Welcome to CPA at Law, helping individuals and small businesses plan for the future and keep what they have.

This is the personal blog of Sterling Olander, a Certified Public Accountant and Utah-licensed attorney. For over thirteen years, I have assisted clients with estate planning and administration, tax mitigation, tax controversies, small business planning, asset protection, and nonprofit law.

I write about any legal, tax, or technological information that I find interesting or useful in serving my clients. All ideas expressed herein are my own and don't constitute legal or tax advice.

Updating Estate Plans for the SECURE Act

The Setting Every Community Up for Retirement Enhancement (SECURE) Act was enacted on December 20, 2019. The Act made a number of changes to how retirement plans function, such as increasing the age at which retirement plan participants need to take required minimum distributions (RMDs) to 72, making it easier for small business owners to set up and maintain retirement plans, and allowing many part-time workers to participate in a retirement plan. However, the SECURE Act made an important change that impacts the see-through trust rules, which will require many individuals to update their revocable living trust agreements and estate plans.

Prior to the SECURE Act, non-spouse beneficiaries who inherited a retirement plan or IRA (i.e., descendants of the IRA owner) could qualify to "stretch" their inherited IRA and take RMDs calculated based on the descendant's life expectancy. This was generally a good thing because it resulted in the maximum deferral of income taxes, and trusts were drafted to help ensure that this stretch opportunity was realized where a trust was named as the beneficiary of an IRA. I discussed how trusts can qualify as beneficiaries of an IRA in a prior post.

The SECURE Act largely eliminated the law that allowed non-spouse IRA beneficiaries to stretch IRA distributions over their life expectancy. Now, most non-spouse beneficiaries must receive (and take into income) the entire IRA account balance within ten years of the death of the account owner, regardless of whether the beneficiary or a trust for the beneficiary's benefit was the named IRA beneficiary. There are good reasons why an account owner would want to name a trust as the beneficiary of their IRA, such as protecting an imprudent beneficiary from squandering an inheritance, including inherited IRA funds. This need still exists, but because of the SECURE Act, many trust provisions describing the trustee's obligations with respect to IRAs need to be changed.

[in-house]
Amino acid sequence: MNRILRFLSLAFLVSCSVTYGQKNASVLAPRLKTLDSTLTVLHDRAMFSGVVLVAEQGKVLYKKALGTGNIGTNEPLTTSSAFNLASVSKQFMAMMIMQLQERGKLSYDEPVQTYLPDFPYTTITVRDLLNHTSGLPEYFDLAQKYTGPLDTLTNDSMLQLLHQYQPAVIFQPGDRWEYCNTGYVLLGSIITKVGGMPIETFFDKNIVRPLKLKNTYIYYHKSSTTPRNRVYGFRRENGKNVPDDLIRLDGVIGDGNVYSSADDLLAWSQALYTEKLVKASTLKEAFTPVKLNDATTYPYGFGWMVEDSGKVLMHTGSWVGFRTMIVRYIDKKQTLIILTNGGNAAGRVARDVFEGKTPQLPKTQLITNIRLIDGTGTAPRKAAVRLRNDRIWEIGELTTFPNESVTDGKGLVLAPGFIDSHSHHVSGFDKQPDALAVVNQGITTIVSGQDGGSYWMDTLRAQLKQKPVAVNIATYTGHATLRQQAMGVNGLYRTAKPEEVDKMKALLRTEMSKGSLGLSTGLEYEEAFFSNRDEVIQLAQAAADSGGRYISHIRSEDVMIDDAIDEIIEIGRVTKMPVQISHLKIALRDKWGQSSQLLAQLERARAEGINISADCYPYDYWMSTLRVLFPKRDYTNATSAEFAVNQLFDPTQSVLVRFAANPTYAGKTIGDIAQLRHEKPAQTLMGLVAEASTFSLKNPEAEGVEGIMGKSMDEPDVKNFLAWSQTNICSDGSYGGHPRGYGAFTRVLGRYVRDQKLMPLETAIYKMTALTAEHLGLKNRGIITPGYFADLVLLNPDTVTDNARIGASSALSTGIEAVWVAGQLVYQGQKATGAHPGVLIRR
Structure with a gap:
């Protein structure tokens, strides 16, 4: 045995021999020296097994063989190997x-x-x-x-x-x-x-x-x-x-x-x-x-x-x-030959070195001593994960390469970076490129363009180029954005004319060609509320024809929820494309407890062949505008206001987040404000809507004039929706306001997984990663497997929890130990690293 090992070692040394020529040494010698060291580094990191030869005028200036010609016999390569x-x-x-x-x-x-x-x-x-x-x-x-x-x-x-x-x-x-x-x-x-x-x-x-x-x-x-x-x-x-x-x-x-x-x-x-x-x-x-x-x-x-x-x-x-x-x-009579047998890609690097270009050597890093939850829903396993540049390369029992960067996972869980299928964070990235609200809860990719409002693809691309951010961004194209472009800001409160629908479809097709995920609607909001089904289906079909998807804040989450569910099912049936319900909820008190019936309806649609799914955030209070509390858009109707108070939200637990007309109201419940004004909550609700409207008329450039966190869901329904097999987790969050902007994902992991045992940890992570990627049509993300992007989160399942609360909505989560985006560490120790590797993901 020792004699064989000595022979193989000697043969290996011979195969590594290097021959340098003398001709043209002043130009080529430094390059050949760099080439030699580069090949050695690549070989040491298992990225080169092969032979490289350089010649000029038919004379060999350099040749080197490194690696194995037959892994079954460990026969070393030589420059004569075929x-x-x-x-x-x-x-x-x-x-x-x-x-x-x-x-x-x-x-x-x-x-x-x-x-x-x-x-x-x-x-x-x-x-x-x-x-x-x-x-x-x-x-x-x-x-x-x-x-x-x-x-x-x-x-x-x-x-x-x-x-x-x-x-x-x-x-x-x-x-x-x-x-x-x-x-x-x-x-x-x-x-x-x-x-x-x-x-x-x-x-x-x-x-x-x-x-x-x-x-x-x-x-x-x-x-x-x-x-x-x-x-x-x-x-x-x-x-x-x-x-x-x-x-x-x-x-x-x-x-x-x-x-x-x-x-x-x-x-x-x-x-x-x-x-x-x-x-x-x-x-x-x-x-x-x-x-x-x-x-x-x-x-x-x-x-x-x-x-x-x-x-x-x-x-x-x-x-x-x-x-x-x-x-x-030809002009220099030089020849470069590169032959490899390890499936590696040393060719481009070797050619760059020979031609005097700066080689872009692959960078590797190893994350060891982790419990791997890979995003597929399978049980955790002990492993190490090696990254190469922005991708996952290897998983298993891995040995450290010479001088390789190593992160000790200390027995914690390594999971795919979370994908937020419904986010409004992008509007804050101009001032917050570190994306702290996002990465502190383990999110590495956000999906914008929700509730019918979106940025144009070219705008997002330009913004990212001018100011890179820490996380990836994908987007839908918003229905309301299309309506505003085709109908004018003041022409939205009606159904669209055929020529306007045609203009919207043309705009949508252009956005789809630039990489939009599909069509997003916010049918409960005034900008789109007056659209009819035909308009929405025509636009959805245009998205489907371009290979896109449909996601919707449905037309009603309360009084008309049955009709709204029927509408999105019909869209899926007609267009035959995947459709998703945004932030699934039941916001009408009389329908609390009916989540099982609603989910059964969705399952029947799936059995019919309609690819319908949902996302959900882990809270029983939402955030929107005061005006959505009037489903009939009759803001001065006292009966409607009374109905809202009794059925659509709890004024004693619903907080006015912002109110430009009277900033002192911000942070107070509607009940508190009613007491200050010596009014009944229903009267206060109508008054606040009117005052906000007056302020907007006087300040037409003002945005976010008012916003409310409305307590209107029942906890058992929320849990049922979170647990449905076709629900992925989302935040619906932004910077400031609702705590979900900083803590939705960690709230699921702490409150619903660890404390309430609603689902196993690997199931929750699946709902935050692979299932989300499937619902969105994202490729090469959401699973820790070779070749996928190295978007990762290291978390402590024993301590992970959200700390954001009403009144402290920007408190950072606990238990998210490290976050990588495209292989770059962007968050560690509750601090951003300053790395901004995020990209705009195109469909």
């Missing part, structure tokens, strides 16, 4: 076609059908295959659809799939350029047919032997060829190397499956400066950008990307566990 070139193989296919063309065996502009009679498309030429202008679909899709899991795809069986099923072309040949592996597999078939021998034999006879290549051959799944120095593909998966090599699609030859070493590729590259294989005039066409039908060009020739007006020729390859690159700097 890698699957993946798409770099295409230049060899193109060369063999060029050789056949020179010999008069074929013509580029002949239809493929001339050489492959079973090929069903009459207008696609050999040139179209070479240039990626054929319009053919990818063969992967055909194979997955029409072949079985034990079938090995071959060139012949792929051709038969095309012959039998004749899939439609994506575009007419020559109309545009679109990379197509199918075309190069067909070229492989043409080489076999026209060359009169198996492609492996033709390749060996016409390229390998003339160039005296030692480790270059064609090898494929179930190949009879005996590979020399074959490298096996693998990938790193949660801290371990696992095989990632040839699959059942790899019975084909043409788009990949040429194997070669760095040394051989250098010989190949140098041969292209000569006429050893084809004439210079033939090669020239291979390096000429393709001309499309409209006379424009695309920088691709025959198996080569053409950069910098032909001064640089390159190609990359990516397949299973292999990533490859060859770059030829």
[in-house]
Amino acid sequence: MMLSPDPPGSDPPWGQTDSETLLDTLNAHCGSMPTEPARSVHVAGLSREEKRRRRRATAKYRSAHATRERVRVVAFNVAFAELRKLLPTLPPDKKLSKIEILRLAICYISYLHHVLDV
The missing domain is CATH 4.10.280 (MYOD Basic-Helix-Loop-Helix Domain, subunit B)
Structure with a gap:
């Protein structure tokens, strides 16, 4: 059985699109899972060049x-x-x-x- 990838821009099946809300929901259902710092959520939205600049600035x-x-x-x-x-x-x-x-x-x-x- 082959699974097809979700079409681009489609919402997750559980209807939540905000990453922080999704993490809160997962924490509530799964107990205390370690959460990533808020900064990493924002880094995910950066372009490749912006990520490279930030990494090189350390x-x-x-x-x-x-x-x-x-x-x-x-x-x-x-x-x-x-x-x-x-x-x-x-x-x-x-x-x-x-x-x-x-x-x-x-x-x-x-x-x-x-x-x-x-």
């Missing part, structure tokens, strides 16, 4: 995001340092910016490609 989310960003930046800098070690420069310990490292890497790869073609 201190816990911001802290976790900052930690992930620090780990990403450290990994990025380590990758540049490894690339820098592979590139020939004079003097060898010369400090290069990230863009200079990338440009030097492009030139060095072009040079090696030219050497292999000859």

Specifically, many trust agreements drafted before the SECURE Act provided that trust beneficiaries would receive their inheritances in a continuing trust known as as a "conduit trust" for IRA purposes. A conduit trust requires the immediate distribution of all funds withdrawn from the IRA to the individual trust beneficiary. The ten-year rule under the SECURE Act would, therefore, result in trust beneficiaries receiving all of the inherited IRA funds ten years after the account owner's death. A large, mandatory trust distribution at a fixed time during a trust beneficiary's life is inconsistent with what most trustmakers intend in naming trusts as IRA beneficiaries in the first place. Even worse, however, is that trusts that are not amended to function appropriately under the SECURE Act and which are designated as IRA beneficiaries could even result in the ten-year stretch being reduced to five years.

Most post-SECURE Act trust agreements will have beneficiary's continuing trusts qualify as "accumulation trusts," as opposed to conduit trusts, for IRAs paid to such trust, which would not require the immediate distribution of IRA funds. Post-SECURE Act trust agreements will also be drafted consistent with the SECURE ACT's exception to the ten-year IRA payout rule for individual beneficiaries less than ten years younger than the account owner and disabled and chronically ill individuals, who can continue to take distributions over their their life expectancy. Disabled beneficiaries in particular may benefit from inheriting an IRA through a continuing trust, but it is critical that such a trust be calibrated to the SECURE Act to ensure the lifetime stretch opportunity is preserved. In sum, now is the time to update your estate plan so that it functions properly under the SECURE Act.